Warning - spoiler alert.
The pictures below show the set-up of the house in Camden that doubles, in the new Sherlock, as being 221B Baker Street. Burton kindly snapped them for us on his way home from counting beans in his day job. And it would appear that the Christmas Special will feature some kind of flashback to Victorian times. Given that this was yesterday, I expect that this afternoon, Holmes and Watson were running up and down outside, getting into taxis, shouting "The game is afoot!" and trying to find some Baker Street Irregulars, while running through fake fog. Or something.
|Setting up "Speedy's Cafe" to be "Speedwell's Tea rooms"|
|A large fronded plant and assorted Victoriana|
And it's tempting to read the Gospel in the same way. The son of God arrives on this fallen earth. He wanders around the place, giving good examples and inspiring teaching. He dies. He rises. He goes away. And nothing has changed.
That way of thinking separates earth and heaven - puts up a vast gap between God and creation. On earth, ant-like creatures that bumble around, falling over, walking into walls, fighting each other and dropping down dead. Meanwhile God sits, like a banker in a Southwark penthouse, looking down on the woe and poverty below. The Watchmaker who wound it all up or - if you prefer in this electronic era - put the hearing-aid battery in - and wanders off to do something else.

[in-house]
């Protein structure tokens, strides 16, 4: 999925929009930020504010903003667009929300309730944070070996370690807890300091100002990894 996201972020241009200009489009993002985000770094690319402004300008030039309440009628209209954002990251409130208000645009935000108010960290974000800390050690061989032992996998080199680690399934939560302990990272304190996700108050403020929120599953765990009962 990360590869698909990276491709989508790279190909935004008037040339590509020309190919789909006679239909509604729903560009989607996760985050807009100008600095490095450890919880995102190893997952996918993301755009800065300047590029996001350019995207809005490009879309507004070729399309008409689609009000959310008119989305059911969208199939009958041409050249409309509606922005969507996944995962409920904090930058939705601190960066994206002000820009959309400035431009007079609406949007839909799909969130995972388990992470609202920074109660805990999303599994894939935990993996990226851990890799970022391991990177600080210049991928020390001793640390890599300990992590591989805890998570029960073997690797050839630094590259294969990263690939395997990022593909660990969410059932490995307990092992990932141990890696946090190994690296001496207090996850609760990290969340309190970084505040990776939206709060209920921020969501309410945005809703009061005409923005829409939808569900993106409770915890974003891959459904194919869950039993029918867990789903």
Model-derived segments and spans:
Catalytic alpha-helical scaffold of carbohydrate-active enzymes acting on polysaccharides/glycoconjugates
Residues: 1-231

But the preface to John's Gospel, as you re-read it - however mystical, poetic - tells a different story. The Word is the creative principle - the one everything is made through. And the Word's closeness to that creations is breathed through the piece as much as the Spirit breathes life into Creation. All things are made through the Word - an intimacy with the world that is so much more than the relationship between a creation and the creator who stands back to admire the creation. Not one corner of this immense universe was not made through the Word. The life that belongs to the Word, is the light of the ones that are made in God's image. This is a relationship as close as can be imagined, between God and the world. Its dependence on God is complete.
But God could imagine it being closer.
The Word became flesh and made his dwelling among us. Not "was veiled in flesh", though I don't suppose Wesley was in a particularly heretical mood when he wrote it. He was probably just enjoying the poetry. Stronger than "veiled in". "Became." The one the world was made through, became made of the world itself. He made the stars. And now he is himself made from stardust. His body and blood formed, in the womb of a frail woman of the earth. The stuff of the earth was already special - all of is was made through him. But now he bears its imprint on him. The Word is made from the dust of the earth. The one whose name God breathed into the void of space, breathes the warm air of the Judean hillsides.